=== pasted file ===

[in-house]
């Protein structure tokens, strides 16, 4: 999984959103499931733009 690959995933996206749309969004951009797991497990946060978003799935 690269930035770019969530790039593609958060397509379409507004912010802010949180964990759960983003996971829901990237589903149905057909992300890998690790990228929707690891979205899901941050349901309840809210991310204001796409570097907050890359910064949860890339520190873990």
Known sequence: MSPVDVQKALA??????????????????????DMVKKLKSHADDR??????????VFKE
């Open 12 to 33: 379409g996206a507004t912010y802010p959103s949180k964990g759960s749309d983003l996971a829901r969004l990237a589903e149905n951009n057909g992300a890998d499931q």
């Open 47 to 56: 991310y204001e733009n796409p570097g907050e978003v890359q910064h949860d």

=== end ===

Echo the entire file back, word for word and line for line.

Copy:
[in-house]
């Protein structure tokens, strides 16, 4: 999984959103499931733009 690959995933996206749309969004951009797991497990946060978003799935 690269930035770019969530790039593609958060397509379409507004912010802010949180964990759960983003996971829901990237589903149905057909992300890998690790990228929707690891979205899901941050349901309840809210991310204001796409570097907050890359910064949860890339520190873990």
Known sequence: MSPVDVQKALA??????????????????????DMVKKLKSHADDR??????????VFKE
């Open 12 to 33: 379409g996206a507004t912010y802010p959103s949180k964990g759960s749309d983003l996971a829901r969004l990237a589903e149905n951009n057909g992300a890998d499931q």
């Open 47 to 56: 991310y204001e733009n796409p570097g907050e978003v890359q910064h949860d």